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Old 02-11-2016, 07:36 AM   #101
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How many Leagues per gallon?
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Old 02-11-2016, 08:37 AM   #102
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How many Leagues per gallon?
Wifey B: 20,000 under the sea.
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Old 02-11-2016, 08:51 AM   #103
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For those of you doing the math furlongs per fortnight is easily converted to 1 centimeter per minute. As one would use furlongs at the horse track, small vessels usually restricted to use on inland lakes, bays, and waterways would necessarily be equipped with a speed measuring device in MPH as those are the units used on those waterways. Nautical miles and Knots are more readily used in open waters where the charts have lat and long scales.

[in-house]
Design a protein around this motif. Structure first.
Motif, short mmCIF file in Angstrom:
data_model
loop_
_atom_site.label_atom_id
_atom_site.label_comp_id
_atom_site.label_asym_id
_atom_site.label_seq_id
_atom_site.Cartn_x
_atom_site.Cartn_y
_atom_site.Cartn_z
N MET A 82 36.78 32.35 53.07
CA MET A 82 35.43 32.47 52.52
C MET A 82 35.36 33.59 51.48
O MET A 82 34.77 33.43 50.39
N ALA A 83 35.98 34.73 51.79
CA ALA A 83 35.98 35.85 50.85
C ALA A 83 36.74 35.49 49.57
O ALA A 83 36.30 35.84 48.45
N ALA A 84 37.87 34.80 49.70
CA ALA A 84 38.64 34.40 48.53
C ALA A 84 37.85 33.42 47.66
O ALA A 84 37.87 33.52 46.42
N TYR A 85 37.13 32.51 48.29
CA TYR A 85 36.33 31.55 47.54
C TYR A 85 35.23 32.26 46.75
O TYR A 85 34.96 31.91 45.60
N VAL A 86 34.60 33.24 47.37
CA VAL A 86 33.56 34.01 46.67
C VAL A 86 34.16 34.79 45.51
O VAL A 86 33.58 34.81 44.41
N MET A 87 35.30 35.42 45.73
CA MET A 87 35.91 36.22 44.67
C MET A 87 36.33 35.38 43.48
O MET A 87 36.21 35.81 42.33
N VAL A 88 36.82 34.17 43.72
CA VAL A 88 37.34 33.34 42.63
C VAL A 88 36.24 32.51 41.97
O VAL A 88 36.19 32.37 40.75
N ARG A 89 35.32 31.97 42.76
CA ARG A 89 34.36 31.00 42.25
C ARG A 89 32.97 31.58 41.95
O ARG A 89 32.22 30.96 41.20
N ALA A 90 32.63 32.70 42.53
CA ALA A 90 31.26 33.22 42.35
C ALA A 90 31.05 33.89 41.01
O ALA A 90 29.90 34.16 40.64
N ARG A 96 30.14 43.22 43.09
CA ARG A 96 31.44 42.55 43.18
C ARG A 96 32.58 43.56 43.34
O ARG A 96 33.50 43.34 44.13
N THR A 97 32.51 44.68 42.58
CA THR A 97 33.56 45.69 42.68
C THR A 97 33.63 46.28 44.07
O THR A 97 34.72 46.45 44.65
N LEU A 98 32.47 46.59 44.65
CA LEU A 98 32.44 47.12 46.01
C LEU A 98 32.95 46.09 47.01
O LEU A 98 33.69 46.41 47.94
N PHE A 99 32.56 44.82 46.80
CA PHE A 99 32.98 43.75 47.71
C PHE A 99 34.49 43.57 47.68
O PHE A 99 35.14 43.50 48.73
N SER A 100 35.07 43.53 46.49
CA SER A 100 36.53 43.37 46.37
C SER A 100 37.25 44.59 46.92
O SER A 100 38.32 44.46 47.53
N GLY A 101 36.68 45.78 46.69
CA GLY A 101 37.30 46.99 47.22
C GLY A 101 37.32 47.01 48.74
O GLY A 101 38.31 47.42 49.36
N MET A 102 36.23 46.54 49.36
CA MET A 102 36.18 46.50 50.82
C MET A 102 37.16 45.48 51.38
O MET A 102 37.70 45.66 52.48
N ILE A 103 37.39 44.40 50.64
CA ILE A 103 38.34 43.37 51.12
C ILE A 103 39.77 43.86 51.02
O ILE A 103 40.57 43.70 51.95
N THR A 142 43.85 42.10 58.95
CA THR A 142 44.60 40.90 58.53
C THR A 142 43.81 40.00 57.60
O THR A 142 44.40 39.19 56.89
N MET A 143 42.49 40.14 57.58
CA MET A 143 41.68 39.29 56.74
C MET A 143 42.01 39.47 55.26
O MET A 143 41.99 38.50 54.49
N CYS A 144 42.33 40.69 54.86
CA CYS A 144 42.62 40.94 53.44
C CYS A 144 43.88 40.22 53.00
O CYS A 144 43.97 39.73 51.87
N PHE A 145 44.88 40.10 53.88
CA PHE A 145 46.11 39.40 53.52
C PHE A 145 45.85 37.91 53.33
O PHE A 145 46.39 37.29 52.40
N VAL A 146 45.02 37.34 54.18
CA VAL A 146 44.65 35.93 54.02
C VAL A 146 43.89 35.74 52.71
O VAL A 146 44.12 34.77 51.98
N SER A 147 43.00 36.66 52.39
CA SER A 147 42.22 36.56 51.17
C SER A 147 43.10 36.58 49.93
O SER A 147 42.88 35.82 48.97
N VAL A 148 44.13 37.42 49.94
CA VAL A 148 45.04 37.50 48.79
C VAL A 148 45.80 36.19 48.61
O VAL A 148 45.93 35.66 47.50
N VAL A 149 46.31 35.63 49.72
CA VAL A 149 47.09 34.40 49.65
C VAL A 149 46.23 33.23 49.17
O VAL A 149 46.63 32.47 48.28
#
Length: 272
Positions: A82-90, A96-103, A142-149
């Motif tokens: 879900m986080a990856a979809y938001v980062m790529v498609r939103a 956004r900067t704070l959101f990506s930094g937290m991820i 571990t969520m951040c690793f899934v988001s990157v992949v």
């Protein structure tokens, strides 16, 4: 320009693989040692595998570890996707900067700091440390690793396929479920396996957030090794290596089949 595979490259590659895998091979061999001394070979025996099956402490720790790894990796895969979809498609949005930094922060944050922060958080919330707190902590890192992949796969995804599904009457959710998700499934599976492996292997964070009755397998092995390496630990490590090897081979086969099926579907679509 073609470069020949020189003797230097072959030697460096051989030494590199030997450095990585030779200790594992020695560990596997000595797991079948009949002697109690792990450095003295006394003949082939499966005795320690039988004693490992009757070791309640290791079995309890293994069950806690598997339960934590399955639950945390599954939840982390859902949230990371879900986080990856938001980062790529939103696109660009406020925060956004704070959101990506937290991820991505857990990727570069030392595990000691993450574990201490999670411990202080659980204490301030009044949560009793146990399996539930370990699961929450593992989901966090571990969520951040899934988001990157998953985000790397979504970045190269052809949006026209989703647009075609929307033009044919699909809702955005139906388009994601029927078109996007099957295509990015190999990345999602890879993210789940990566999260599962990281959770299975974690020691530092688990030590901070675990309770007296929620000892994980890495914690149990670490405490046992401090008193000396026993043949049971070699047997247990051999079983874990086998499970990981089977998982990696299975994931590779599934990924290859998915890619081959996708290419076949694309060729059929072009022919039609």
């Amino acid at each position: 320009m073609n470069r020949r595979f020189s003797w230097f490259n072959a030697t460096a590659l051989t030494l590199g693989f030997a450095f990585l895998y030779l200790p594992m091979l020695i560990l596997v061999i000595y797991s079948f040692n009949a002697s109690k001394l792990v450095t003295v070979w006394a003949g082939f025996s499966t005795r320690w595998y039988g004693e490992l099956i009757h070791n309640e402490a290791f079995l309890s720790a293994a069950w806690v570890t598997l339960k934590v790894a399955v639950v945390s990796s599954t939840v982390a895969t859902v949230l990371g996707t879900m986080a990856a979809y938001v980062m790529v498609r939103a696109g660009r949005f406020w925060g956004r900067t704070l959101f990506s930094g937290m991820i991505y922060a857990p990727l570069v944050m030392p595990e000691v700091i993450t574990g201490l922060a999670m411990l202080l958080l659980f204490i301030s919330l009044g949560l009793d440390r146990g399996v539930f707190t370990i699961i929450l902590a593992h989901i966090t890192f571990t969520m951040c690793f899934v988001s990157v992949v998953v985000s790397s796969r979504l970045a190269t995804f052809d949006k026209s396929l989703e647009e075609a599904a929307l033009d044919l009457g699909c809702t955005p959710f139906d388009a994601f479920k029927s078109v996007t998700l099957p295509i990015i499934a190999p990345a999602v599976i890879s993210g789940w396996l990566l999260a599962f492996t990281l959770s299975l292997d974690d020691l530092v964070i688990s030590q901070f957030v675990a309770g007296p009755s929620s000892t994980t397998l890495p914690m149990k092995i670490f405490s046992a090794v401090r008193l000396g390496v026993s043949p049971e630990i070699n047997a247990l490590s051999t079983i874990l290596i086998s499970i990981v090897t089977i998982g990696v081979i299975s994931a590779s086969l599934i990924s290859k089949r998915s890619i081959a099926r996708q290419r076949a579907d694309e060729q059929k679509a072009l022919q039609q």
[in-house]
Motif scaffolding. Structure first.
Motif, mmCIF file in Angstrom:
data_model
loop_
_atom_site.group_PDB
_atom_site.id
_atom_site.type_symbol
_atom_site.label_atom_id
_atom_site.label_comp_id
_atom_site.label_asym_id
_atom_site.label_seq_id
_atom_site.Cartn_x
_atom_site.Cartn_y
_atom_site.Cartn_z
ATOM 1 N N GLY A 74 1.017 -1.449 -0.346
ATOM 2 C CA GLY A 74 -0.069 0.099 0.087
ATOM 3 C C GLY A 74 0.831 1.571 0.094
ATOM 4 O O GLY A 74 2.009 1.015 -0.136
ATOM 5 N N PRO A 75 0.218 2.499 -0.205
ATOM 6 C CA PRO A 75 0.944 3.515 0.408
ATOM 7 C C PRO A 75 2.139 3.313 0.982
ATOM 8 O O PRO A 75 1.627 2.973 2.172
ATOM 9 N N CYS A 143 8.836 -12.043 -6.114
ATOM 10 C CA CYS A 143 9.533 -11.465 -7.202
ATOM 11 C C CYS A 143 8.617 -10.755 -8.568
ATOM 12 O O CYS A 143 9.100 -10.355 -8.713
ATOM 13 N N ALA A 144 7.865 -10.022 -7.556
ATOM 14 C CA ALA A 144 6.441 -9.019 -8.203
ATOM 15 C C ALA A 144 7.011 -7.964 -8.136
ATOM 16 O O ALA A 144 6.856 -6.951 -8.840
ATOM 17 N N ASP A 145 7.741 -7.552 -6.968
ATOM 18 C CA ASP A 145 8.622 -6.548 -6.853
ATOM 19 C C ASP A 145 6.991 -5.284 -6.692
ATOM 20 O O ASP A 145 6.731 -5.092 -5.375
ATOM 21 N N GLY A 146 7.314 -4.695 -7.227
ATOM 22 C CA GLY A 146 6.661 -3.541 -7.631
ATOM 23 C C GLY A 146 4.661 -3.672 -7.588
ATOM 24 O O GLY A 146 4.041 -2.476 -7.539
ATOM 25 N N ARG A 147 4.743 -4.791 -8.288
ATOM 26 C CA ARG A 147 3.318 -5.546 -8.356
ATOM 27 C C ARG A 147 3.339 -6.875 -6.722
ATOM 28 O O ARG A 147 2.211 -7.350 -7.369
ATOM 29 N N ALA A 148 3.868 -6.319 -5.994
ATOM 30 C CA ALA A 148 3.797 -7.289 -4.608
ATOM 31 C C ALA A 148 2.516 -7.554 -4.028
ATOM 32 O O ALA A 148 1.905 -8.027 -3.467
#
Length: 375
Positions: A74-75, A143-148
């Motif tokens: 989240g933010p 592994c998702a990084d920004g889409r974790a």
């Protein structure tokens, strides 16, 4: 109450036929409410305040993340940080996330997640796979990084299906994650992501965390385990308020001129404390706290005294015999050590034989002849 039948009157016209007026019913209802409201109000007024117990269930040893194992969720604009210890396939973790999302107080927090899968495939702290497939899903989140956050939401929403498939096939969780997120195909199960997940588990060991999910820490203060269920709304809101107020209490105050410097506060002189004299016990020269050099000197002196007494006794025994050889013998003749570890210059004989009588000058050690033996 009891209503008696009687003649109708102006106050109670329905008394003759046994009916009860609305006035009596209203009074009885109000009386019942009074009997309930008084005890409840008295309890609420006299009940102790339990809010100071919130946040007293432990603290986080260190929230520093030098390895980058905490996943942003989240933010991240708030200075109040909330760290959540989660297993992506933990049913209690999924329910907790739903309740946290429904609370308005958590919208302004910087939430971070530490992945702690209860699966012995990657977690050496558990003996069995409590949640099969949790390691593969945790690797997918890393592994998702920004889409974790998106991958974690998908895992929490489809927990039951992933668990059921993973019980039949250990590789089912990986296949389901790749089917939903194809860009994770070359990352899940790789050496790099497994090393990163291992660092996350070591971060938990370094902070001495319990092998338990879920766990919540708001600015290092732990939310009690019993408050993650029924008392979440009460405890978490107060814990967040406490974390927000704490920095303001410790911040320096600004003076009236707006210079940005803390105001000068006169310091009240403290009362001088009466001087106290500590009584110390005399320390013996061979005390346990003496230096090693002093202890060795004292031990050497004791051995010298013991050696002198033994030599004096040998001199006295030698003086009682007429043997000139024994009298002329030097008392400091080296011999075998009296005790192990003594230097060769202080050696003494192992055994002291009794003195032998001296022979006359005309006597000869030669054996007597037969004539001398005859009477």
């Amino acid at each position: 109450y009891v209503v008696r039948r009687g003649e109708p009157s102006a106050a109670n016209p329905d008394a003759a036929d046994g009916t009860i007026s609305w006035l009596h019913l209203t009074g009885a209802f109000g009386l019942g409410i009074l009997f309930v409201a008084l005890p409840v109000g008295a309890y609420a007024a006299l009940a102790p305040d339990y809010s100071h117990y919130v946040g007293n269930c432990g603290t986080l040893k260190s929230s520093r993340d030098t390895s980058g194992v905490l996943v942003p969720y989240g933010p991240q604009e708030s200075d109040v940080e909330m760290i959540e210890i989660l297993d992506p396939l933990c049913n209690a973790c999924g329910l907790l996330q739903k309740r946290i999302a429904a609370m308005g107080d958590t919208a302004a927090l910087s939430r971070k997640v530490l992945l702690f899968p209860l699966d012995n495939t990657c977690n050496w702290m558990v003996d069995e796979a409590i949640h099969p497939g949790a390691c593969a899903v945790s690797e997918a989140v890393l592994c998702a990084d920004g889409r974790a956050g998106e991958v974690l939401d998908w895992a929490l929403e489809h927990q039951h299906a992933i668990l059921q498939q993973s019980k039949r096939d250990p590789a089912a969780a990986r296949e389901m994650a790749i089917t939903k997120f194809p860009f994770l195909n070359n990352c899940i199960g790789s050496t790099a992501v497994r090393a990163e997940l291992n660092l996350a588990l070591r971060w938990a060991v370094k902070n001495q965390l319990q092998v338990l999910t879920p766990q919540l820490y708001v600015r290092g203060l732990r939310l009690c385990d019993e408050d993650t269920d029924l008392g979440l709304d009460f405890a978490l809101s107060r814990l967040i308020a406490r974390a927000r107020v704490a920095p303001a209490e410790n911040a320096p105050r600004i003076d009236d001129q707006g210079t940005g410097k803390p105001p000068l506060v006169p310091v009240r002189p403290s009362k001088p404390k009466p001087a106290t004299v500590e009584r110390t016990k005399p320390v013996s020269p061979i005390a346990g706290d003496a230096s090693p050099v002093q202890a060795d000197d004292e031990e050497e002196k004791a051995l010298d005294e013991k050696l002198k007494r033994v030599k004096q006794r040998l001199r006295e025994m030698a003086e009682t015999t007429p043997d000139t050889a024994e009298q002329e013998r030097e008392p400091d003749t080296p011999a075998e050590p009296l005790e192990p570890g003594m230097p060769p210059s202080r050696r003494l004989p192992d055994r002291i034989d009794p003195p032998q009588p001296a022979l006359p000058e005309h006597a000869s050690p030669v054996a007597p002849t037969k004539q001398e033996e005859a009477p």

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Old 02-11-2016, 09:46 AM   #104
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My calculations are normally way off when estimating times to destinations. See signature below
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Old 02-11-2016, 10:25 AM   #105
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My calculations are normally way off when estimating times to destinations. See signature below
We calculate a range of times and a lot of what-if's. But then we do the same in a car. We don't like traveling in a car but we never know how many stops we'll make or not make. If we see something that interests us or get hungry or just tired, we stop. Boat routes and destinations and calendars are always subject to change.
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Old 02-11-2016, 08:50 PM   #106
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Where it's really a problem and I've run across a couple of boats fall victim to this is where one assumes the 2 is meters or fathom and it is feet. I ran across one who soft grounded and was easily backed off who understood quickly his mistake and took it as a learning experience. I heard the story from him first handed.